Planning for tomorrow can be difficult. Getting older is no cakewalk either! If there is one thing that is true for every living person on this planet, it is that every one of us will get older and eventually die. No one (yet) has figured out a way around this fact of life.
One of three paths lies ahead for all of us: Live a long healthy life, die too soon, or get sick along the way. The dream of living out our “golden years” in a state of contentment and happiness is only true for part of the population. Disease, disability, and dementia are real possibilities. Planning for uncertainty is critical for everyone.
Americans are living longer. As more and more of us continue to have personal experiences with loved ones needing care, or actually becoming a relative’s caregiver, the need to have a plan for long-term health care is becoming increasingly apparent.
We downplay the risk of needing care. A lot of momentum is being given to research, medication, and anti-aging therapies, all of which will most certainly extend average life spans across the globe. The belief that you will be the exception is just one way that Americans fool themselves and procrastinate on creating any type of plan. (A 2020 Gallup poll found that less than 50% of Americans have a will!)
Three-quarters of Americans believe that “living a healthy lifestyle is the answer”—but living healthfully may simply increase longevity.
With longevity comes the perils of aging—and the staggering costs of health care—when we can’t do the things we used to do.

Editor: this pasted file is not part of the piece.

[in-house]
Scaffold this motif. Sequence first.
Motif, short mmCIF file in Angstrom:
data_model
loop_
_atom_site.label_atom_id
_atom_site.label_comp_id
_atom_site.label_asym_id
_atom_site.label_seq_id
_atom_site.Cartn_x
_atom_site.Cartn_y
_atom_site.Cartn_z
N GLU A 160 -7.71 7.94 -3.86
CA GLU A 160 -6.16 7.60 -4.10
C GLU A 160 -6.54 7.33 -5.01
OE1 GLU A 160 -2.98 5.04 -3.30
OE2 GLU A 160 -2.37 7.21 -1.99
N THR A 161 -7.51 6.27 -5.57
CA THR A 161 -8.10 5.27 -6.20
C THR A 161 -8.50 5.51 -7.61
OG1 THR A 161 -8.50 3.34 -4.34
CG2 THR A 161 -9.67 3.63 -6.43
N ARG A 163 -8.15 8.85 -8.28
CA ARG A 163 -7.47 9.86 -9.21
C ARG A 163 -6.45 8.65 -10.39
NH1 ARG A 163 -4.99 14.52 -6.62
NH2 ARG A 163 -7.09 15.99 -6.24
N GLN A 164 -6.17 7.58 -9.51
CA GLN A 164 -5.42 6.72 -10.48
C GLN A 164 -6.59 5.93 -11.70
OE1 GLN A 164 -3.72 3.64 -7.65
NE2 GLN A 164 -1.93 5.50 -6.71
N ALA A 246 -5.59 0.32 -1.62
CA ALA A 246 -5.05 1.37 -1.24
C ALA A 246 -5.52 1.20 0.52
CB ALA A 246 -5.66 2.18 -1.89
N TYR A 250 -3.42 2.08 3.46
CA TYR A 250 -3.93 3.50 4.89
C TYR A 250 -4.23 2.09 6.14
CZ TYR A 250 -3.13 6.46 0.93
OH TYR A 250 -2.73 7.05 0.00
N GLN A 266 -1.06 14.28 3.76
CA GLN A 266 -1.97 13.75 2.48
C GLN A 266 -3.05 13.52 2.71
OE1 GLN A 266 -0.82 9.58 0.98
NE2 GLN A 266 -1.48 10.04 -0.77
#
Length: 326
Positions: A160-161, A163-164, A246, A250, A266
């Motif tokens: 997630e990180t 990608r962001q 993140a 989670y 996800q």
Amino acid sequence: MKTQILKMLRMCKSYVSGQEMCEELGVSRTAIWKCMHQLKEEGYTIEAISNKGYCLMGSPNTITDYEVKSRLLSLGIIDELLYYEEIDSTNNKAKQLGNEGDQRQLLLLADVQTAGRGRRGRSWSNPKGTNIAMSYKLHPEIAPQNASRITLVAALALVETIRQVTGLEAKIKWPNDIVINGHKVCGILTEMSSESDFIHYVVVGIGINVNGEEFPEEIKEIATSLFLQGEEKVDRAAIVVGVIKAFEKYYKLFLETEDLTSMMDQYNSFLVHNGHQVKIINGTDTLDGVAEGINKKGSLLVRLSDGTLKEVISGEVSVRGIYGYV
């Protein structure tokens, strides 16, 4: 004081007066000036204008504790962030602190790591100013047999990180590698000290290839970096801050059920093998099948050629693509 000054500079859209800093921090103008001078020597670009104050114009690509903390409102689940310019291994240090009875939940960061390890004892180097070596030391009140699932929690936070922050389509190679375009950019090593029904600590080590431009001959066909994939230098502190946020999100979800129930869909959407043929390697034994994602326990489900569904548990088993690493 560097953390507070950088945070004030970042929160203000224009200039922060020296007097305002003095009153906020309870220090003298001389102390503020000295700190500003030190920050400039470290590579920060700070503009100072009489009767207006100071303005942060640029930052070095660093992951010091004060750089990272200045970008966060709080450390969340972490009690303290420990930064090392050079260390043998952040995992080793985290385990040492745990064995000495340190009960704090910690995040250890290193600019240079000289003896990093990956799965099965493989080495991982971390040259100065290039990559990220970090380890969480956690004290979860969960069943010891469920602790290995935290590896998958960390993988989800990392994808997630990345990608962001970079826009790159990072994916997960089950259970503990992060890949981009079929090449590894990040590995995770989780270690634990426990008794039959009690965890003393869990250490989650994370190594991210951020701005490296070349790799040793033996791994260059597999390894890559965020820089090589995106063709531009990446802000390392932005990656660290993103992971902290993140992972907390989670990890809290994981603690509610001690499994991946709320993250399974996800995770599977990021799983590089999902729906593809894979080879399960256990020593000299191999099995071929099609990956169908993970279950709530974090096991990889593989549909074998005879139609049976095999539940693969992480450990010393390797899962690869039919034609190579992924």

More than half of Americans say that “having a spouse provide for their care is their plan,” yet very few spouses signed up to change diapers, nor could most adequately care for an aging or sick spouse, especially given their own possible health concerns. That burden then falls upon the children—61% of whom say they “don’t want to be someone’s caregiver.”
The likelihood of depleting assets, or consuming assets intended for a spouse or legacy, is strong, given that 2 out of 3 Americans will need some type of long-term health care for at least 90 days during their later years.
What’s your plan?
The insurance industry has figured out a really great solution. It’s called asset-based long-term care. It’s like a bank CD, except this plan leverages up for health care. (Think of ”moving money from one pocket to the other,” with the second pocket guaranteeing you can always return the money to the original pocket—but the dollars placed in pocket B are bigger than pocket A.)
Here’s how it works: Position a lump sum in a specialty insurance contract. If your circumstances change, you get your money back. If you never use care, you get a tax-free death benefit. But, if you do need care, your own money gets leveraged up in value by 4 to 8 times (depending on age). This strategy guarantees that, no matter what, you never lose. And you don’t have to buy anything.
Have the conversation with the people you love and make sure you have a plan for longevity and preserving your assets—and paying for health care. After all, it’s your life.
Martin Levy, CLU/RHU, is founder of CorpStrat/Corporate Strategies Inc., located in Woodland Hills, CA. A 30-year insurance industry veteran and Lifetime Member of the Million Dollar Round Table, Levy is an expert in long-term care planning strategies. You can reach him at (818) 468-0862 or Marty@CorpStrat.com.